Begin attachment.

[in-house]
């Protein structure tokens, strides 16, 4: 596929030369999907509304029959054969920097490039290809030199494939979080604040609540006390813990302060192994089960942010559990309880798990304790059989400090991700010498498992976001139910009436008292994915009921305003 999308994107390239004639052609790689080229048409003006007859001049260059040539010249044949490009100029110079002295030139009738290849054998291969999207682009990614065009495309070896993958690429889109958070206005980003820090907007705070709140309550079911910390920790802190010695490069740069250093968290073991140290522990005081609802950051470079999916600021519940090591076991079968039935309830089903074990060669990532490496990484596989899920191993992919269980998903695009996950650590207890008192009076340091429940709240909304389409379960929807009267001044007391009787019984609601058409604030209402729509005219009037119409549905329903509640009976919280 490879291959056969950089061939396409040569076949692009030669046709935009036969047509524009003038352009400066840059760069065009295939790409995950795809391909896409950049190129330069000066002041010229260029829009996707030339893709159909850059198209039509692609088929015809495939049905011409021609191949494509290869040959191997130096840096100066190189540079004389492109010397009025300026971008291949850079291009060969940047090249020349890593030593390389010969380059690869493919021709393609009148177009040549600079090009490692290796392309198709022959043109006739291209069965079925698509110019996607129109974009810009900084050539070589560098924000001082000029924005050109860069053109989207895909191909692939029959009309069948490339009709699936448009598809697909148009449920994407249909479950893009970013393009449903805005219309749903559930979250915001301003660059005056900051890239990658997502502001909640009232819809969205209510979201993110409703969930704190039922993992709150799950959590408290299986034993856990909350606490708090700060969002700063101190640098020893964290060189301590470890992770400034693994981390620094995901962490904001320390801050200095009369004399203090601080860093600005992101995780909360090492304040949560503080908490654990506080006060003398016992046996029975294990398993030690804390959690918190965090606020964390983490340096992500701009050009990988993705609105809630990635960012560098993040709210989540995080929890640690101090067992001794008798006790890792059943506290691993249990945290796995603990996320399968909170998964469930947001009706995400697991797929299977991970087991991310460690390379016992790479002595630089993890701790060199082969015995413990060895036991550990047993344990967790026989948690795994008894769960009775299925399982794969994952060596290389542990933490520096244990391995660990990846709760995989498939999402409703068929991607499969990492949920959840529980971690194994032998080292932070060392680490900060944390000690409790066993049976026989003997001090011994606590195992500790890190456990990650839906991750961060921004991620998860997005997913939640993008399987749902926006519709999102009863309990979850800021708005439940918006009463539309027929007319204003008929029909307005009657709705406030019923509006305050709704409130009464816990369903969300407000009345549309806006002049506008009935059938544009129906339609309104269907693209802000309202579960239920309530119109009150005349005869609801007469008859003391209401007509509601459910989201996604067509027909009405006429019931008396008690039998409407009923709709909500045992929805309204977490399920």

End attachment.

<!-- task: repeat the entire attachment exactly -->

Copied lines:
[in-house]
């Protein structure tokens, strides 16, 4: 596929030369999907509304029959054969920097490039290809030199494939979080604040609540006390813990302060192994089960942010559990309880798990304790059989400090991700010498498992976001139910009436008292994915009921305003 999308994107390239004639052609790689080229048409003006007859001049260059040539010249044949490009100029110079002295030139009738290849054998291969999207682009990614065009495309070896993958690429889109958070206005980003820090907007705070709140309550079911910390920790802190010695490069740069250093968290073991140290522990005081609802950051470079999916600021519940090591076991079968039935309830089903074990060669990532490496990484596989899920191993992919269980998903695009996950650590207890008192009076340091429940709240909304389409379960929807009267001044007391009787019984609601058409604030209402729509005219009037119409549905329903509640009976919280 490879291959056969950089061939396409040569076949692009030669046709935009036969047509524009003038352009400066840059760069065009295939790409995950795809391909896409950049190129330069000066002041010229260029829009996707030339893709159909850059198209039509692609088929015809495939049905011409021609191949494509290869040959191997130096840096100066190189540079004389492109010397009025300026971008291949850079291009060969940047090249020349890593030593390389010969380059690869493919021709393609009148177009040549600079090009490692290796392309198709022959043109006739291209069965079925698509110019996607129109974009810009900084050539070589560098924000001082000029924005050109860069053109989207895909191909692939029959009309069948490339009709699936448009598809697909148009449920994407249909479950893009970013393009449903805005219309749903559930979250915001301003660059005056900051890239990658997502502001909640009232819809969205209510979201993110409703969930704190039922993992709150799950959590408290299986034993856990909350606490708090700060969002700063101190640098020893964290060189301590470890992770400034693994981390620094995901962490904001320390801050200095009369004399203090601080860093600005992101995780909360090492304040949560503080908490654990506080006060003398016992046996029975294990398993030690804390959690918190965090606020964390983490340096992500701009050009990988993705609105809630990635960012560098993040709210989540995080929890640690101090067992001794008798006790890792059943506290691993249990945290796995603990996320399968909170998964469930947001009706995400697991797929299977991970087991991310460690390379016992790479002595630089993890701790060199082969015995413990060895036991550990047993344990967790026989948690795994008894769960009775299925399982794969994952060596290389542990933490520096244990391995660990990846709760995989498939999402409703068929991607499969990492949920959840529980971690194994032998080292932070060392680490900060944390000690409790066993049976026989003997001090011994606590195992500790890190456990990650839906991750961060921004991620998860997005997913939640993008399987749902926006519709999102009863309990979850800021708005439940918006009463539309027929007319204003008929029909307005009657709705406030019923509006305050709704409130009464816990369903969300407000009345549309806006002049506008009935059938544009129906339609309104269907693209802000309202579960239920309530119109009150005349005869609801007469008859003391209401007509509601459910989201996604067509027909009405006429019931008396008690039998409407009923709709909500045992929805309204977490399920």